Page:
Pete Ladhams, managing director of BTR specialists Assael Architecture, which has designed BTR projects for L&G, Grainger plc and Essential Living, said“The meteoric rise of Build to Rent in the UK last year shows the appetite for genuine alternatives within the rental market. As residential housing shifts towards being more service-led, rental properties are offering residents far more than just a home. With a range of amenities, building-wide social initiatives and boasting great locations, BTR is showcasing what a more professional, secure and high-quality rental product looks like.” 

Franz Doerr, founder and CEO of deposit alternative provider flatfair, also commented: “These figures show the demand for professionally managed rental housing that makes the entire experience seamless. As people rent for longer periods, there will be an increased focus on service, and Build to Rent housing is leading the way. As more units come online, service will be the differentiating factor between developments, and those that embrace the technological solutions that make things easier for tenants will thrive.”

Favourable outlook for 2020

Some £273.8 million was invested into the UK’s Build to Rent sector in Q4, bringing the total investment in 2019 to £2.4 billion, according to the latest research from global real estate firm CBRE.

The CBRE UK Multifamily Investment MarketView for Q4 2019 found that, while full year total investment was down 22% from 2018, the outlook for 2020 is favourable. There is some £1.5 billion worth of deals currently under offer, illustrating the continued high demand for the sector.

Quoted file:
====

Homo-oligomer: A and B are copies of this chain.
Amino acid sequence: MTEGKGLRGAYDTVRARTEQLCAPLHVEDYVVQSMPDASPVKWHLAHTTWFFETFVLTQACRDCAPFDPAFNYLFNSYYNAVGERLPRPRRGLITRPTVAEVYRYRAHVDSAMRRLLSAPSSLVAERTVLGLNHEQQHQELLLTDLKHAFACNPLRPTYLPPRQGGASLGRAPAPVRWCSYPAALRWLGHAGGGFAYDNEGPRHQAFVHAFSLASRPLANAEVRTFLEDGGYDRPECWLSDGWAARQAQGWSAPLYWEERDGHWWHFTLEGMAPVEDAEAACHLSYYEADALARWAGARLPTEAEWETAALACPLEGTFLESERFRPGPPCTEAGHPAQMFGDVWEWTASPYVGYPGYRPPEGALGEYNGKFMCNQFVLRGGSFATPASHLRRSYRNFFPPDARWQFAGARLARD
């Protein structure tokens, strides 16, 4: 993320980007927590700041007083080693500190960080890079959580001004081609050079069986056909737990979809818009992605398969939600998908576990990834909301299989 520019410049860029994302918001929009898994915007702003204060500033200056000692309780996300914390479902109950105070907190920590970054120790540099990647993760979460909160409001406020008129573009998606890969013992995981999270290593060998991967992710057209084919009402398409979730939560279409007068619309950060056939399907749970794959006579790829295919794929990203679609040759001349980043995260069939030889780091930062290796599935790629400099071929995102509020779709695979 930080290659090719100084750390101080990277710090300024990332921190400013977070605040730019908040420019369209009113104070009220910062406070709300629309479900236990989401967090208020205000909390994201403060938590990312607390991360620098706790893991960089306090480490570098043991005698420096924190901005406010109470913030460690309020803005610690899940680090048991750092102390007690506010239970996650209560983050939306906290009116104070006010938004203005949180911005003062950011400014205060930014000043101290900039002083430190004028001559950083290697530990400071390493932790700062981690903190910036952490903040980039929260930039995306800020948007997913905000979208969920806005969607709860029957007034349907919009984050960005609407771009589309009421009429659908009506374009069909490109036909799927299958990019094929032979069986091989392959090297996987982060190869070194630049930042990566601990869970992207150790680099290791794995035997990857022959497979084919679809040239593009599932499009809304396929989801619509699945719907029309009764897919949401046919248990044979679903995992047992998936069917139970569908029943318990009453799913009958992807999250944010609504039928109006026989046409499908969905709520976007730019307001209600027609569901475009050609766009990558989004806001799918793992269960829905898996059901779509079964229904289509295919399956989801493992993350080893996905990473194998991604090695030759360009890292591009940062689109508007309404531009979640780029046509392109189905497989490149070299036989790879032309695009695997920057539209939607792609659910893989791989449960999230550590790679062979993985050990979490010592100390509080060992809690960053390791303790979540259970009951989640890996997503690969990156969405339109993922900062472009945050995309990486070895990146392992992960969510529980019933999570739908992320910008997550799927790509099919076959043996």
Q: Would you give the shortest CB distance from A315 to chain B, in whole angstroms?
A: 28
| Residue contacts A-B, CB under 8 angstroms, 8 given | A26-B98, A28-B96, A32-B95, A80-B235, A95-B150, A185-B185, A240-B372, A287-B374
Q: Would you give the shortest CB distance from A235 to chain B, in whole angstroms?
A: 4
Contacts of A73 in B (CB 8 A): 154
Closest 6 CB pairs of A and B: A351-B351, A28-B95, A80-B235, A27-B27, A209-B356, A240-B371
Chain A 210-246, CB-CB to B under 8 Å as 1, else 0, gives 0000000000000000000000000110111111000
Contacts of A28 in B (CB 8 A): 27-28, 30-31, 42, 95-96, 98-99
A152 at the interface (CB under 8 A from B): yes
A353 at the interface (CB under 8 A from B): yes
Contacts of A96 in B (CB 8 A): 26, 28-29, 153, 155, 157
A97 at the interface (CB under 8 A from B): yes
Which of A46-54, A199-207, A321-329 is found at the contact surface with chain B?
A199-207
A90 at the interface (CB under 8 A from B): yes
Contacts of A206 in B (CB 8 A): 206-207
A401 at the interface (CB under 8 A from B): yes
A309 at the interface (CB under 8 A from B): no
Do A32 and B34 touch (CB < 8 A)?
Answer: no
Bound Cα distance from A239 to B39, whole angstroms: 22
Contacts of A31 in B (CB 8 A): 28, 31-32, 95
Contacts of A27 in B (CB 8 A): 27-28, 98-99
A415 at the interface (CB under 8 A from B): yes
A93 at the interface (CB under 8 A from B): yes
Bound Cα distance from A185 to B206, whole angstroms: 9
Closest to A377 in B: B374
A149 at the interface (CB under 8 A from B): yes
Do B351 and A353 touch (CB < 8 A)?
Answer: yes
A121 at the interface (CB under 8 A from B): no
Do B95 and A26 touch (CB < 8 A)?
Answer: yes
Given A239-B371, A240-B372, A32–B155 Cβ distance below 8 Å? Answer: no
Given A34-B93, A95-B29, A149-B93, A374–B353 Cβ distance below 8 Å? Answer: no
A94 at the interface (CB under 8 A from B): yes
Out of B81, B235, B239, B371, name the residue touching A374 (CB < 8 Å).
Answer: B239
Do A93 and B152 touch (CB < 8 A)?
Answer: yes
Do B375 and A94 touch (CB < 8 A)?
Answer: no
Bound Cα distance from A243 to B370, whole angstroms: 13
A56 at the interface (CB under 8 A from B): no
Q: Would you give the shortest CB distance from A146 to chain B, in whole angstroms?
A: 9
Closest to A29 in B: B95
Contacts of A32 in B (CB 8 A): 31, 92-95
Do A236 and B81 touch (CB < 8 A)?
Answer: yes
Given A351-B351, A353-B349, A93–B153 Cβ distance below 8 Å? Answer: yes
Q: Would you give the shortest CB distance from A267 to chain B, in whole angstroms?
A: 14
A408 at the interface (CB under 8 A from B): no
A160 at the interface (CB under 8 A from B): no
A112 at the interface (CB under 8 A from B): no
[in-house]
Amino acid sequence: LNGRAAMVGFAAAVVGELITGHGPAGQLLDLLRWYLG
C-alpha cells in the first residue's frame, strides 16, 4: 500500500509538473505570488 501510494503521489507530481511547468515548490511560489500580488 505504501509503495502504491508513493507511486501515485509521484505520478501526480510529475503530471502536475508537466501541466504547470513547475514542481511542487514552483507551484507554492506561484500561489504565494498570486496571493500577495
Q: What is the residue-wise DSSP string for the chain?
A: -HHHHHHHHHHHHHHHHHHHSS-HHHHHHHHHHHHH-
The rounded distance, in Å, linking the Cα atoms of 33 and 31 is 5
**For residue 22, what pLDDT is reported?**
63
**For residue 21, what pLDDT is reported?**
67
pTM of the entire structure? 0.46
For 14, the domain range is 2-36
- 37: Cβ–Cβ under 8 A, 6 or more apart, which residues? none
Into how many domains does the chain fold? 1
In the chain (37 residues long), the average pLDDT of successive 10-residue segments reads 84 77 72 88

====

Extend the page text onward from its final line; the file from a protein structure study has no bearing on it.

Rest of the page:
Most of the transactions in Q4 were forward funding deals, with the remainder in portfolio sales. Investment was roughly evenly split between London and the regional centres.

James Hinde, a director at CBRE said: “Transactions for the second half of 2019 have been subdued compared to the last two quarters of 2018, most likely as a result of market uncertainty around the general election. This does not tell the full picture though and with the number of deals currently under offer standing at around £1.5 billion, this suggests a different, and much more positive story going into the beginning of 2020.” 

He added: “Indeed, there are some very significant deals throughout the UK, but particularly in the regions, with due diligence well progressed, which suggests that 2020 could be a record year for investment.”

Of particular note in Q4, he said, was Grainger’s continued investment into the sector with three further transactions – a third forward funding deal in the Hallsville Quarter development in Canning Town, and two deals in Cardiff and Sheffield, ‘which indicates that appetite remains strong despite the disappointing volumes of transactions in the investment market’.

Moving into 2020 and beyond, Hind believes the Build to Rent market looks likely to continue its rapid expansion, especially with more and more developers considering it as a viable exit.

“This should further boost investment, encourage new entrants into the market and should help alleviate the pressures of the demand/supply imbalance,” he explained. “In addition, 2020 could see the first few valuations of ‘true’, operational BTR investments as they begin to trade in the market.”

According to CBRE’s annual UK Real Estate Market Outlook, the UK Build to Rent sector continues to attract substantial investment. CBRE forecasts that total residential investment will grow by around 30% in 2020, with demand being driven by an increasingly diverse investor base from both domestic and overseas institutions.

Additionally, a subdued sales market is set to persist in 2020, meaning Build to Rent will be the preferred disposal route for many developers.

Affordable housing providers are becoming a highly competitive force in the market, and will continue to invest in the sector throughout 2020, CBRE concluded.  

Poll: Is Build to Rent the future of the PRS?